The funny thing is, this show used to be full of crafts.  But over the years the organizers’ focus has shifted, and in order to fill slots and make money they’ve turned what once was a craft festival into a flea market with Santa.  Showcase Events could easily bring back the handmade vibe, but they’d have to do more than the empty gestures they offered this year.  Marking a few booths with “Artists in Action” on a map that few people look at doesn’t do much to call us out.

How about creating a shop within a shop – two rows of booths facing each other?  Put down different colored carpet, put up different colored backdrops.  A whole other color scheme, something earthier with browns and golds instead of bright white and red.  Perhaps add arches over the aisles to make it feel more intimate.

While we’re at it, add one leaf to the handout and give each Artist a 1/4 page ad for free, instead of lumping us in alphabetically with the home improvement hustlers, the food vendors, and the book signings.  At very minimum the descriptions listed should reflect the information we actually submitted!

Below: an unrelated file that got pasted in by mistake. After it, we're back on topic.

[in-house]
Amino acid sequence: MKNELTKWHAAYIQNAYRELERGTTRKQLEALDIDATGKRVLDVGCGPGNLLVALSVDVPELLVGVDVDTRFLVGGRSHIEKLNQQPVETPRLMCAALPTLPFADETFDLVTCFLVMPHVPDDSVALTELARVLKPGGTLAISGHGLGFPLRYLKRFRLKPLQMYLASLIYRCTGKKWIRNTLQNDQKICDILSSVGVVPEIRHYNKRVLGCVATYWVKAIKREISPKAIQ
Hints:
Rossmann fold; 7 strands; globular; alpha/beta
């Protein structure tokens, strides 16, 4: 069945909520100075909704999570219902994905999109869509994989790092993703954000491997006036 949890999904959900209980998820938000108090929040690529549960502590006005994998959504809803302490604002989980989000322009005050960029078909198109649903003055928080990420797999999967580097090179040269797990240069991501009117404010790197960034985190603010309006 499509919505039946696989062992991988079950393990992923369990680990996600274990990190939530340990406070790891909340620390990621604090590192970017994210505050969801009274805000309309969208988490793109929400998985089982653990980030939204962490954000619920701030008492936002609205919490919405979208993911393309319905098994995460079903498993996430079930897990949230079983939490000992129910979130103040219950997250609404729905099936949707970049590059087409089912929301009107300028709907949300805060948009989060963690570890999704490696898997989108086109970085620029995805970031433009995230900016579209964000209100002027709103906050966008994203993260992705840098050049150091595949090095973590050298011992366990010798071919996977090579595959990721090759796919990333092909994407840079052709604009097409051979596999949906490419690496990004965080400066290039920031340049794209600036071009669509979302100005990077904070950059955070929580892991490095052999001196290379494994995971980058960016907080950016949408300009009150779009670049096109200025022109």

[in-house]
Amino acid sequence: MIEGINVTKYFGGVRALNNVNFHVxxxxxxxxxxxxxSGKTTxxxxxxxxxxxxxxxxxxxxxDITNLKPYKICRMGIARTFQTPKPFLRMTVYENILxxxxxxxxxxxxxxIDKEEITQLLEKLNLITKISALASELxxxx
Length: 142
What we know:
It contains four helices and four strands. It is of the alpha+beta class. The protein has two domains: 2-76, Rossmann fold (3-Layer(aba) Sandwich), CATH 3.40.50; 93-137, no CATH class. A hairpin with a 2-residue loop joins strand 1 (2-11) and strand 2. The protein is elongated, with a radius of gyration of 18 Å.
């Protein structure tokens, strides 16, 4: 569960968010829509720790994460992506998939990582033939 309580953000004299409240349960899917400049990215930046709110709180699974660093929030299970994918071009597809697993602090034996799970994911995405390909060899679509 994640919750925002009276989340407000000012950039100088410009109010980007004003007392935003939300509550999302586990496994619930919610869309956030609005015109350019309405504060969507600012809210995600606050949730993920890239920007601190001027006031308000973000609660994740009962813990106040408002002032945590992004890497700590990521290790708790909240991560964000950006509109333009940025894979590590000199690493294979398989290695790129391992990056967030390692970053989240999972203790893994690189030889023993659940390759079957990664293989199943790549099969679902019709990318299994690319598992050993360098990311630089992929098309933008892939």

And it certainly wouldn’t hurt to treat your vendors better as a whole.  Making us pay full price for parking is beyond ridiculous.  We don’t even get a discount rate?  And even the free coffee only lasted a couple hours.  Would it kill you to put on a second and third pot?  This is Seattle!  People drink coffee all day here!